Heather Britt on DANCEFIX, Ballet, and Breaking the Rules
We sat down with Heather Britt on a hot afternoon in July. Heather Britt is an entrepreneur and artist with a knack for bringing people together. As a professional dancer, dance educator, and choreographer, she connects communities through dance. Nowhere is this better illustrated than through DANCEFIX, a high energy dance workout that is, hands down, my favorite place to sweat away stress. Aptly named, DANCEFIX is known by students as both a drug you crave and a therapy you need.
What do you do?
I’m a choreographer, performer, and dance educator, so I have all these different jobs. I’m the owner and founder of DANCEFIX, and I run that business all the time. Then I teach all different styles of dance: contemporary, modern, jazz, and some ballet to younger kids. I also choreograph for many different organizations – for ballet companies, for various groups like Exhale Dance Tribe and Playhouse in the Park, and then I do commercial work like music videos and commercials. For the Cincinnati Ballet I’ve done, I think, eight world premieres for their New Works productions. I recently choreographed works for the Nashville Ballet, Kansas City Dance Festival, and Moving Arts Cincinnati, which toured from Kansas City to Cincinnati. I did the education and outreach here at the Ballet for five years; then I joined the faculty at Northern Kentucky University for eight years, teaching dance and choreographing musical theater productions.
It seems like dance is infused in all of your life. Where did that start for you?
Well, I always loved it. I started dancing when I was 3. I took dance as a kid, but we didn’t have very much money at all. When I was in 4th grade, I auditioned for SCPA [School for the Creative and Performing Arts]. I didn’t know that access to the arts was difficult if you didn’t have money. I luckily got in and was able to have an outlet to express myself through dance every single day from 4th through 12th grade.
You’re an incredibly motivating, energetic person. What were you like as a kid?
Oh my gosh, spastic. I would make up dances in the yard and people would come over and my mom would make snow cones. When I was probably about 20, I was at a college party here in Clifton, and I ran into someone who remembered me from growing up, but I couldn’t place them. To jog my memory, she said, “I was in ‘Eye of the Tiger’ in your backyard!” And I was like, “That was me for sure.” My mom said that her friends would call and say, “I saw Heather at the bus stop and she was spinning in circles and spacing out. She’s gotta pay attention…” I was a little bit in my own world, but having a great time.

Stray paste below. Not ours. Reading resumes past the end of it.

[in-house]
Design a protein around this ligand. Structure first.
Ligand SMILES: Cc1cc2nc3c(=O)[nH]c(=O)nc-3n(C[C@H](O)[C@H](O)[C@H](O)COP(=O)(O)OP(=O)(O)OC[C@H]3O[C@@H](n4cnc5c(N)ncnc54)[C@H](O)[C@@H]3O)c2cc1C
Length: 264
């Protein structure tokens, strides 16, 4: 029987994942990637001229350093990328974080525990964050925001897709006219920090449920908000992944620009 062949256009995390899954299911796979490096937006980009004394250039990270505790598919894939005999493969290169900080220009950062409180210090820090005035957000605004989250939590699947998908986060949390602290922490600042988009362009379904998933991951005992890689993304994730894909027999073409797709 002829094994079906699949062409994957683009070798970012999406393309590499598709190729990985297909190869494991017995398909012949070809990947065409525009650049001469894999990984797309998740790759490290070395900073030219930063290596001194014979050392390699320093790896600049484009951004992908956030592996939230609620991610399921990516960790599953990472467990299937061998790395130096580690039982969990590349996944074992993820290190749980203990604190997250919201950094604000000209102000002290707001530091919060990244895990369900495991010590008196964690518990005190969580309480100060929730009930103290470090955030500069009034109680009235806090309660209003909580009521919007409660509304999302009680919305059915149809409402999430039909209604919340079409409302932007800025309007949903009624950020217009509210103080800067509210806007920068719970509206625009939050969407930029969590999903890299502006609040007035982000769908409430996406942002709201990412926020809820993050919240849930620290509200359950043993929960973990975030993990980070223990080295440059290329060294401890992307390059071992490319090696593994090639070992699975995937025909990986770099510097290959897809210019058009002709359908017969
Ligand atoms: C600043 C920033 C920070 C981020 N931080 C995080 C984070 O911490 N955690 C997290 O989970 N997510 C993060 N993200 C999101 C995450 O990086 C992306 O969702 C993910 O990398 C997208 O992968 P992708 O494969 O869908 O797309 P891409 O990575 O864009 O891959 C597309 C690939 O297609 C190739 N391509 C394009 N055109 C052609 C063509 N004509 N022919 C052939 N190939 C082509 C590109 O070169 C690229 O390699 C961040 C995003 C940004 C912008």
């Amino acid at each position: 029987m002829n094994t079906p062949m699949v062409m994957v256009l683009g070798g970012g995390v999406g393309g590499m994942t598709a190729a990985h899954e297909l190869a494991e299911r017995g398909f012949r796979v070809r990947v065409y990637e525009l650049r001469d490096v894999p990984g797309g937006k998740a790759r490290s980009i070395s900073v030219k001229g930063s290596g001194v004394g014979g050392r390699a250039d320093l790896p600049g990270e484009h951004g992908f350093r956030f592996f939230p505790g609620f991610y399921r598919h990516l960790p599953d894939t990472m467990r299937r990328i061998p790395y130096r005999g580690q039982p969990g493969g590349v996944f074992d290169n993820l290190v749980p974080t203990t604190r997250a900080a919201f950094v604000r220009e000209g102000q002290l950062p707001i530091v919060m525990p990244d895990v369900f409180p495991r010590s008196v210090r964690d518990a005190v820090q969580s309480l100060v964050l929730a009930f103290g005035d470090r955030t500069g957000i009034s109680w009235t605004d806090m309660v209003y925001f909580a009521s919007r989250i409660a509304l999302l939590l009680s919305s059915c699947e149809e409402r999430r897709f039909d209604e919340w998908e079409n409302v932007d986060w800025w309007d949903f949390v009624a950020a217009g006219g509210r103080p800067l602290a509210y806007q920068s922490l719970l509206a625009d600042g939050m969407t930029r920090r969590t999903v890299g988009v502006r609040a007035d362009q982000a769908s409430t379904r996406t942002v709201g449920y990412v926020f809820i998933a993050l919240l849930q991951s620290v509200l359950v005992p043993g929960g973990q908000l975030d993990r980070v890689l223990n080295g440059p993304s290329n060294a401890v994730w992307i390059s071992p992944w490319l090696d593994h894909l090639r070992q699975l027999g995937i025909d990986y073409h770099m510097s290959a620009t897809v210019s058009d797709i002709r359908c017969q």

One of my favorite aspects of DANCEFIX is the amazing community. There’s a magic in it.
I was thinking about this today, how DANCEFIX is super connected and where that came from, and it really goes back to my experience at SCPA. SCPA did such an awesome job of creating this great equalizer through the arts. It didn’t matter what your background was, what your race was, if you had money, if you didn’t, your socioeconomic status, whatever. It really was: Are you talented in your art, period. So that really influenced me as a human. And then I think from that point, I tried to recreate that community in my life subconsciously.
I hate rules.
What DANCEFIX is to me is… It’s like that equalizer. You walk into the room and you have no idea what anyone does for a living, what neighborhood they’re from, or whatever. They’re all dancing and sweating together and expressing themselves. And that is the awesomeness of it, that we get to connect that way. The desire to dance and sweat and get a workout is what brings people through the door, but then it’s something else, this bigger thing, that gets them to stay. In that room, it’s a healing place to let everything else go and say, deep down at the core, “We’re all doing this together...”